Monday, April 14, 2008

Acting on AIDS by Jans

The following was submitted to the Daily Bruin at 1:40pm on Monday, April 14, 2008.
Think you know about AIDS? So did I.
We think we care. We know all about AIDS. We can say how many people die of it per second, minute, hour, day, month and year. We know the socio-political, the epidemiological, and the international developmental implications of AIDS. Such information shows we care.
But do we care? Do we know? Really? Do we understand what life is like in Africa? Are our hearts moved by the incomprehensible number of victims? Do we weep and mourn over those whose lives are being ravaged by AIDS? Before today, I never did. I said I did, but I didn't.
But today I wept for AIDS victims. I'm a controlled, rational person who doesn't cry over much. But I was broken today. Today I visited the Acting on AIDS tent in Wilson Plaza below Jans Steps. For 20 minutes, I experienced the life of Steven, a 12 year old Ugandan boy. I felt a shadow of his fear and shame. I sat in a room like his. I held a gun like his. I worried about having AIDS. For 20 long minutes, I had the illusion of being a boy in Uganda, and all the terror that goes along with it.
Today my comfortable little world was rocked by the power of a story; the experience shattered my cool rationality. Today my heart was torn out of my chest as I, for the first time, began to grasp the magnitude of the devastation of AIDS.
Then I saw something I never thought I'd see. I saw Christians responding to AIDS maturely. I saw them leading the way in responsible international development. I saw them call out for dialogue on the spiritual and philosophical implications of this. I saw them comfort those who mourned.
I saw Christians responding to the pandemic responsibly. The experience was hosted by World Vision, a Christian nonprofit that spends over $1 billion annually to support development. Their missionaries are well-drillers, clinic workers and micro-financiers. They practice sustainable international development practices. They hire Africans to inspire Africans to improve their own conditions, and with American money, provide them with the resources to do it.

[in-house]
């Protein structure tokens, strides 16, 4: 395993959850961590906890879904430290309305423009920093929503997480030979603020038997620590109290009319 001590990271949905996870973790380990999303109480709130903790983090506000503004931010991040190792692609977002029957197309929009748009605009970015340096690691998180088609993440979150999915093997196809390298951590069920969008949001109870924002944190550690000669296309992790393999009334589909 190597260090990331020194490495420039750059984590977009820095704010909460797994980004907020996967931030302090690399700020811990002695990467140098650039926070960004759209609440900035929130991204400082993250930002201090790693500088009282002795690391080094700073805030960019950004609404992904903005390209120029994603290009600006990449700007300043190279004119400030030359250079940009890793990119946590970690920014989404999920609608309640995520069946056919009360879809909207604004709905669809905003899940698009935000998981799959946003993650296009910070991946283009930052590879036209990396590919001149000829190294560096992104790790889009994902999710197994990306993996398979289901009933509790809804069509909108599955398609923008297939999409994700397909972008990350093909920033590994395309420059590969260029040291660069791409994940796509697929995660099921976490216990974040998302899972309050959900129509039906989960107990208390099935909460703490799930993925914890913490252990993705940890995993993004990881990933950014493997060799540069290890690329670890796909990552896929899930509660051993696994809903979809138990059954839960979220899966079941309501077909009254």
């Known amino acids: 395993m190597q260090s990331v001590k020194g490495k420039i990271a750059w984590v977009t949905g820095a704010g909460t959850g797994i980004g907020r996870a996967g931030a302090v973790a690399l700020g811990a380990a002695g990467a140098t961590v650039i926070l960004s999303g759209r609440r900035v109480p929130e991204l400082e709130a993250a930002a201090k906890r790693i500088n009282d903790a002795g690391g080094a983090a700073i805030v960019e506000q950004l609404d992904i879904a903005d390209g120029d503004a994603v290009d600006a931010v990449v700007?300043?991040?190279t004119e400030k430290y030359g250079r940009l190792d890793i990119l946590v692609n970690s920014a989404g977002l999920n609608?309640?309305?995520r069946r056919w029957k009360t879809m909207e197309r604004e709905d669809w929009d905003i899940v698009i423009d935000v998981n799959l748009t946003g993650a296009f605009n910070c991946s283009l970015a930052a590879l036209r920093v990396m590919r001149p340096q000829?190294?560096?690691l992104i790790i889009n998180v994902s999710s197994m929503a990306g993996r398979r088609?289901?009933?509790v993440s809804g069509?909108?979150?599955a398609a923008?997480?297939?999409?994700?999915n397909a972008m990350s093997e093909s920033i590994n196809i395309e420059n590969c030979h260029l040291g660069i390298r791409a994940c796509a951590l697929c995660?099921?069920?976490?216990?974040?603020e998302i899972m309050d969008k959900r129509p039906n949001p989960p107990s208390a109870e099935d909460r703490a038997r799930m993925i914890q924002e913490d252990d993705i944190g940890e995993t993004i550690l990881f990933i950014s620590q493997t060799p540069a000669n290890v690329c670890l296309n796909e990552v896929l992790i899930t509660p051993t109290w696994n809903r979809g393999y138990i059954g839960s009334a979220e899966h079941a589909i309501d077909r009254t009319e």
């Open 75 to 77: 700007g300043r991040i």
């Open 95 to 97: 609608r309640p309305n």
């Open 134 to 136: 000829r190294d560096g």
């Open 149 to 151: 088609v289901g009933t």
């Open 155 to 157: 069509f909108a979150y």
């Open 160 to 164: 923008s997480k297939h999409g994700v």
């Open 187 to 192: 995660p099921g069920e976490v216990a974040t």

World Vision lets you sponsor a child in Africa, connecting you to a real victim of the epidemic. The program lets you provide real comfort through your finances and even your own words in letters they deliver for you. Part of your money goes to the child directly, and the rest goes to the development of his community.
I also saw Christians asking for intellectual discourse. Coming out of the tent, there is a sign: "Question! Vent. Philosophize. Share. Lament." They challenge those of us who care about AIDS and love to think to debate and discuss this issue in an open forum. How should we feel about AIDS? How could a God allow this? Are we, in sunny California, obligated to respond? Where is God?
If you have the courage, visit the tent. 10am-10pm Tuesday; 10am-5pm Wednesday. Then do something about it. Sponsor an African child through World Vision. Or answer the intellectual challenge at the website above. Or do something else. But don't ignore it.
We owe the organizers a debt of gratitude for making AIDS tangible. It's not statistics. It's people. And I think I'm finally starting to understand.
David Carreon

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